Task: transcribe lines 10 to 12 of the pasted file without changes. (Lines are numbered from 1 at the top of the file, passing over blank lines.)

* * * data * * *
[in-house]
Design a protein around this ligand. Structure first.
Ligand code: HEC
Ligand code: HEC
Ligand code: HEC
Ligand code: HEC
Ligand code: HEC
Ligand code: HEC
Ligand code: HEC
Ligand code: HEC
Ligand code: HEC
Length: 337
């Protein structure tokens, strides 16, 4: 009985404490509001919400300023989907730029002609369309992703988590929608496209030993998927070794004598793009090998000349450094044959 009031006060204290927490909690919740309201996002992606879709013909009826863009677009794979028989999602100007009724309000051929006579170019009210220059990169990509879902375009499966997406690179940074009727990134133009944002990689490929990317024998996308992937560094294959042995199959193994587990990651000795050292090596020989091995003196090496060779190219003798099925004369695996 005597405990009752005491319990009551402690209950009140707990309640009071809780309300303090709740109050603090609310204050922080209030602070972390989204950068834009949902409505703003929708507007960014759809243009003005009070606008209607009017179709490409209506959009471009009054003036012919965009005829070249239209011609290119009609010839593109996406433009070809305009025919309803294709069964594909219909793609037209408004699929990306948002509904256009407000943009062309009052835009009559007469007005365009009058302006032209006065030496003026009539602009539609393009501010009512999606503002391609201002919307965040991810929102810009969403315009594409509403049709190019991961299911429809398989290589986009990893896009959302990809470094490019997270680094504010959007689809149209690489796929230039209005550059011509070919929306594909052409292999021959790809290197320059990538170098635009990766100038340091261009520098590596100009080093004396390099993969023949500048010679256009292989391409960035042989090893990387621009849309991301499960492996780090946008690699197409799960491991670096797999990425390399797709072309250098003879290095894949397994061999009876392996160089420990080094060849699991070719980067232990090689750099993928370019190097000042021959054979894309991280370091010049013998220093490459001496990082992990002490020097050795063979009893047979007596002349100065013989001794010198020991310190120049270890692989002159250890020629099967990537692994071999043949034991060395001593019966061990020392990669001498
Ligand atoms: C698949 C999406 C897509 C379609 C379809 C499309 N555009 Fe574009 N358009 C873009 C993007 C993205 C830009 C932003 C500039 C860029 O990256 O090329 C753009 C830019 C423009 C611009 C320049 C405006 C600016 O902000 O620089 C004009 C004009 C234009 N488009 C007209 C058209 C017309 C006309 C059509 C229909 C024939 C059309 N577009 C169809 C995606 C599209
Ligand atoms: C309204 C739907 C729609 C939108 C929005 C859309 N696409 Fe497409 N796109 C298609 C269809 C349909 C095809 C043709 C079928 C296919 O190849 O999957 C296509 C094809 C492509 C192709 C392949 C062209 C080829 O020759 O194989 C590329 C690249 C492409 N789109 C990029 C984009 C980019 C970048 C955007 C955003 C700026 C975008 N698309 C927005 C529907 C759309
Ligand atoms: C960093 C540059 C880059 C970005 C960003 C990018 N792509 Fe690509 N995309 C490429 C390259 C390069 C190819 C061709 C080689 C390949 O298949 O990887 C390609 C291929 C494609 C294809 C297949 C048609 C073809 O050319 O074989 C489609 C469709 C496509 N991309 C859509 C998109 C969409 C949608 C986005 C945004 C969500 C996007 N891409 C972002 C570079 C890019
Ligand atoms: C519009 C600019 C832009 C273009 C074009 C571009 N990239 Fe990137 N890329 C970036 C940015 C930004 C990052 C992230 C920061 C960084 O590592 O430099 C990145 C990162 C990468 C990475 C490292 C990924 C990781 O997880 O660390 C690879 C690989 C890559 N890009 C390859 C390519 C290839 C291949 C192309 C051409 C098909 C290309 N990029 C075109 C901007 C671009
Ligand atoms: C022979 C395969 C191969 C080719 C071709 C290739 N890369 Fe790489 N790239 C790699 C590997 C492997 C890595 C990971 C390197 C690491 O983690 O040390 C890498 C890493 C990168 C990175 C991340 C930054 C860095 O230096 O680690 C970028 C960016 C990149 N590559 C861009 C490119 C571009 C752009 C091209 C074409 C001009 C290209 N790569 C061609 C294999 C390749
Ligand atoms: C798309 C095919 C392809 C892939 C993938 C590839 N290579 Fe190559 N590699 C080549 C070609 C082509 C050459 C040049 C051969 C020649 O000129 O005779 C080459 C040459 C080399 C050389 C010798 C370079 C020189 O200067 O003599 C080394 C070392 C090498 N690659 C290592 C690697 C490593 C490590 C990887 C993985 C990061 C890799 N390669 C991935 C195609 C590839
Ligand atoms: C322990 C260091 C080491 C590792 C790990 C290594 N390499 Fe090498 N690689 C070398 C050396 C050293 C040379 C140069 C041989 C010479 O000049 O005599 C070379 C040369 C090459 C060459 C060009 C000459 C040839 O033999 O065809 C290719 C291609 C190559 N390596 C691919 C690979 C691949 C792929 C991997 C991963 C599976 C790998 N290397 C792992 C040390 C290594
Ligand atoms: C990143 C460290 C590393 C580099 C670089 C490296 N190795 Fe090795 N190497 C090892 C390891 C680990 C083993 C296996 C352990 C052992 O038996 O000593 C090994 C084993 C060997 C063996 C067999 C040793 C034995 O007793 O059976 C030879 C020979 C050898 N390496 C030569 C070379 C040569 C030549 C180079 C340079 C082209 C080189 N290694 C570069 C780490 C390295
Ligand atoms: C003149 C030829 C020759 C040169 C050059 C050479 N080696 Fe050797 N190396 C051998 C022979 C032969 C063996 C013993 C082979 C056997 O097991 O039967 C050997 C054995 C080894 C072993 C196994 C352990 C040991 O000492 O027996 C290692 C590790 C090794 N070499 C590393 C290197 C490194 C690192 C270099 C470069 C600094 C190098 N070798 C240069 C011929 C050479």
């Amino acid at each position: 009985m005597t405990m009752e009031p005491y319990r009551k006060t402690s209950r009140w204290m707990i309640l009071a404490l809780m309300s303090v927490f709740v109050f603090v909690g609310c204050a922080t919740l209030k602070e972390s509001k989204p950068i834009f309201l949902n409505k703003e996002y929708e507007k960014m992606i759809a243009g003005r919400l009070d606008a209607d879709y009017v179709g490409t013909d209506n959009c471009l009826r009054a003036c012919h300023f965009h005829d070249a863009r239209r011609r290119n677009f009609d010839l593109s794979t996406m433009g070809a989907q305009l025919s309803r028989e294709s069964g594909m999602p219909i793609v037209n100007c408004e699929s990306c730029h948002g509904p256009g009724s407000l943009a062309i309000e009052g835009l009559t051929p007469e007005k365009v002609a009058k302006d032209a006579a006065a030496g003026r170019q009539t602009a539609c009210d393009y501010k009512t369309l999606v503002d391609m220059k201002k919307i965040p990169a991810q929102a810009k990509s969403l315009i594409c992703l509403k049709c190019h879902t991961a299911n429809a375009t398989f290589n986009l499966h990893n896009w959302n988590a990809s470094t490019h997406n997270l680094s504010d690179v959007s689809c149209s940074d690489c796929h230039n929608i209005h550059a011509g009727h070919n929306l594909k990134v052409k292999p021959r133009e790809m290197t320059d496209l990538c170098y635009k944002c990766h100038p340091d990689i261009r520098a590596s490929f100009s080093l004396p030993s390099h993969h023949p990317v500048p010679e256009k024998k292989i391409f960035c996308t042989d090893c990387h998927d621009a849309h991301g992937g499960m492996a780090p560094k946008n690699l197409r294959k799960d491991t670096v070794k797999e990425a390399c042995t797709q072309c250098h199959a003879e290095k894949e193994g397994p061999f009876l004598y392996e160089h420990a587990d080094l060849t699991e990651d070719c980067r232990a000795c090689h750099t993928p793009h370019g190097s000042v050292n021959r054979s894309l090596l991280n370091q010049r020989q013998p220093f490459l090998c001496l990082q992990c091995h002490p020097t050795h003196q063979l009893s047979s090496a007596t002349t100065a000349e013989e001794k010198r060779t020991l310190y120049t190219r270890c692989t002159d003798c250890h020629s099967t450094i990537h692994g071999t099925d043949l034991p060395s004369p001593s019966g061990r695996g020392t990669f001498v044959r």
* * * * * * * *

Ligand code: HEC
Ligand code: HEC
Length: 337